U.S. Attorney General John Ashcroft disclosed the figures in a mandatory, two-paragraph report to the administrative office of the U.S. courts. Last year's total was significantly higher than the 934 warrants approved in 2001 and the 1,003 approved in 2000.
The FBI often uses these specialized warrants — issued under the 1978 Foreign Intelligence Surveillance Act — to record the telephone calls and e-mails of citizens and immigrants believed to be agents of a foreign power.
Experts said the increase in this special category of warrants offsets a significant drop in traditional wiretaps in criminal cases. The federal courts administrator disclosed earlier this week that judges had authorized all but one of the 1,359 wiretap applications submitted in 2002. That was a 9 percent decrease from the 1,491 applications logged the previous year.
"People had wondered why there was a decrease in criminal wiretaps, and we thought it was most likely due to the increased use of FISA court-ordered surveillance," said Beryl A. Howell, former general counsel for the Senate Judiciary Committee. "This is consistent and bears out that view."
Operating with permission from a secretive federal court that meets regularly at Justice Department headquarters, the FBI has broken into homes, offices, hotel rooms and automobiles, installed hidden cameras, rummaged through luggage and eavesdropped on telephone conversations.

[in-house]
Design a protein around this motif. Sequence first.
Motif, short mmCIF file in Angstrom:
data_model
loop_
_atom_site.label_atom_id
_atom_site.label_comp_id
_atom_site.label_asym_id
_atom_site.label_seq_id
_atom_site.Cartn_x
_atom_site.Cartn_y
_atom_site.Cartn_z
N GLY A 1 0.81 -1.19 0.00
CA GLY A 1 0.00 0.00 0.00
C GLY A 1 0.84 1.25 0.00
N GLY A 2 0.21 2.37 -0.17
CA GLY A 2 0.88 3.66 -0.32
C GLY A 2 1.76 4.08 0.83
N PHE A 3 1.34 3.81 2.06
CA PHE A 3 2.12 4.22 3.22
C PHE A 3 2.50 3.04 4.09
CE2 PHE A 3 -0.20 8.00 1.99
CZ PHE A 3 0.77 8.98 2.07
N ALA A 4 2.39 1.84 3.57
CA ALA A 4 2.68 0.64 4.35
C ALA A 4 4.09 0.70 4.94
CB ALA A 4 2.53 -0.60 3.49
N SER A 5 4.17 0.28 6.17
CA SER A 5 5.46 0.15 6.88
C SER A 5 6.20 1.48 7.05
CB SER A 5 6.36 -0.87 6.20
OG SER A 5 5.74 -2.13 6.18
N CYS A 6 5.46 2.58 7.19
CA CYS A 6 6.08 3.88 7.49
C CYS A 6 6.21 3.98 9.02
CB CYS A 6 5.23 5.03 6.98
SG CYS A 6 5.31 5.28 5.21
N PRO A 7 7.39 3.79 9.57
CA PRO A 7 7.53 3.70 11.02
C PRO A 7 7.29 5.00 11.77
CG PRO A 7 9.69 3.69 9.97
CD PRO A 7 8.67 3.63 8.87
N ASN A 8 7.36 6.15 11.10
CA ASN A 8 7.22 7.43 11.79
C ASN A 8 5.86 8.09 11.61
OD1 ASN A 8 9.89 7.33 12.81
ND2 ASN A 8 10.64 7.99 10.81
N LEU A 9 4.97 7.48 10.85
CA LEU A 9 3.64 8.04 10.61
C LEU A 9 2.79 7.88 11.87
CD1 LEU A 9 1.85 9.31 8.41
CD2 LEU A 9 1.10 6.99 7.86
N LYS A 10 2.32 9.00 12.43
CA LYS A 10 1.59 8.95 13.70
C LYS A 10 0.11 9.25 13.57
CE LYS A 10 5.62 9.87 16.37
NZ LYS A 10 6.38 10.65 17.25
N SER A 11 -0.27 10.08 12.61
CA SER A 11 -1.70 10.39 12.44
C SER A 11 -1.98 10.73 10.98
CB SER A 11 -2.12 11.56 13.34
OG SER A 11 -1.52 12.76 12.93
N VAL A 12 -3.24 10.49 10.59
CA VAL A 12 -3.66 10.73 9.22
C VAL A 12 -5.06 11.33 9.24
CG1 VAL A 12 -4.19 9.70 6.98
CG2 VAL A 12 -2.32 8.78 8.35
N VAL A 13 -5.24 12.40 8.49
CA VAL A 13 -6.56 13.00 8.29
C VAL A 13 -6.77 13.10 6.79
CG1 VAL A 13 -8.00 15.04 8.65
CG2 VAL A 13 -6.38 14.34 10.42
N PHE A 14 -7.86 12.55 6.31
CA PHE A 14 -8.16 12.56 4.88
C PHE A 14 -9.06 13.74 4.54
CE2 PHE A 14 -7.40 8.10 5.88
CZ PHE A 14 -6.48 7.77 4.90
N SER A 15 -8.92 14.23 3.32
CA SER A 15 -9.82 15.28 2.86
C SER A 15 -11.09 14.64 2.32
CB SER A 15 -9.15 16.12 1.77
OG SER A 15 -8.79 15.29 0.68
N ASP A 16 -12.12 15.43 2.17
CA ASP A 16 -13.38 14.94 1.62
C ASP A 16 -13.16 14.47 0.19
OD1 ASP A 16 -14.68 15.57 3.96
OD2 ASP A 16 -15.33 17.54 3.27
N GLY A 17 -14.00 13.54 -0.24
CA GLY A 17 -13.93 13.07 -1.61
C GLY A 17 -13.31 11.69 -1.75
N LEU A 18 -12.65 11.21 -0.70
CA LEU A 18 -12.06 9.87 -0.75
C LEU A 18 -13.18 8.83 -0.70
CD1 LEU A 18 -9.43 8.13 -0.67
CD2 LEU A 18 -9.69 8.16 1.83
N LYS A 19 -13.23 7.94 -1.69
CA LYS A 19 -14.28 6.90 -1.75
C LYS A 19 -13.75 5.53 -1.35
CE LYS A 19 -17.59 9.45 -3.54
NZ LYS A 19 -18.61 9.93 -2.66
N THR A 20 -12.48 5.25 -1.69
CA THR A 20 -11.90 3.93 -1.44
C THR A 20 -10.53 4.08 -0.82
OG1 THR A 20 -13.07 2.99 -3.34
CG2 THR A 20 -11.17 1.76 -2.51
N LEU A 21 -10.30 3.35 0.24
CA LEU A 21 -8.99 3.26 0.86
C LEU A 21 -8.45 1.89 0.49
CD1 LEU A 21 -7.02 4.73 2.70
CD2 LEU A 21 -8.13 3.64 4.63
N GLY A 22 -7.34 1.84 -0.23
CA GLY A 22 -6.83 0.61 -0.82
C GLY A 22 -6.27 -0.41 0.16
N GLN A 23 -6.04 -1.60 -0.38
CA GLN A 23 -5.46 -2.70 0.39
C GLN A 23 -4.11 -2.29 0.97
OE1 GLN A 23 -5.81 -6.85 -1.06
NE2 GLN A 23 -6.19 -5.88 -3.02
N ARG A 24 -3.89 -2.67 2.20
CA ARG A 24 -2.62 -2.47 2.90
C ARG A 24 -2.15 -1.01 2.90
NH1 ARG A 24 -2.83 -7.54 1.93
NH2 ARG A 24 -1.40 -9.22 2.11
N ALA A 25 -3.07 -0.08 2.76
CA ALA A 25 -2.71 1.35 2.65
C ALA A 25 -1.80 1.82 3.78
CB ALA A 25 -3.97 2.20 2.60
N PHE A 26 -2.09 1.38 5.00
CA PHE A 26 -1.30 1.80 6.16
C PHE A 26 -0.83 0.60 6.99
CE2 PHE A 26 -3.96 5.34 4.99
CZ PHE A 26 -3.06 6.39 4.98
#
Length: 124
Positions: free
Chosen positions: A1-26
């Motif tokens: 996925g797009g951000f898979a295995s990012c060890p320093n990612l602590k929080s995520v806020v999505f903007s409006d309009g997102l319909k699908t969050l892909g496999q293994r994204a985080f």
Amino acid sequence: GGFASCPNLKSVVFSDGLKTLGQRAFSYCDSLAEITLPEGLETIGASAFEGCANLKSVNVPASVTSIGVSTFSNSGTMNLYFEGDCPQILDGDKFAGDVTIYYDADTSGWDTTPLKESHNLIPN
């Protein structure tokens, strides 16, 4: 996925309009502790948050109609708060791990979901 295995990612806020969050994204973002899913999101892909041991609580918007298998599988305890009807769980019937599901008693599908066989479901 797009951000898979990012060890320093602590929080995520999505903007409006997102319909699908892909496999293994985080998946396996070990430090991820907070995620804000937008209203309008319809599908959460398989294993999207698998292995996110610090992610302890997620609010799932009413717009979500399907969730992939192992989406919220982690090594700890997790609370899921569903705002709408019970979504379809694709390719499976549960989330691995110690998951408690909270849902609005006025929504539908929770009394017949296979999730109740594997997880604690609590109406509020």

Besides break-ins, agents also have pried into safe deposit boxes, watched from afar with video cameras and binoculars and intercepted e-mails. They have planted microphones, computer bugs and other high-tech tracking devices.
Details about some FBI techniques emerge from court records spread across dozens of cases. But only a fraction of these surveillances each year result in any kind of public disclosure, so little is known outside classified circles about how they work.
The Patriot Act, which became law in October 2001, broadened the 1978 surveillance law by allowing the FBI to request warrants in investigations that aren't mostly focused on foreign intelligence.
By Ted Bridis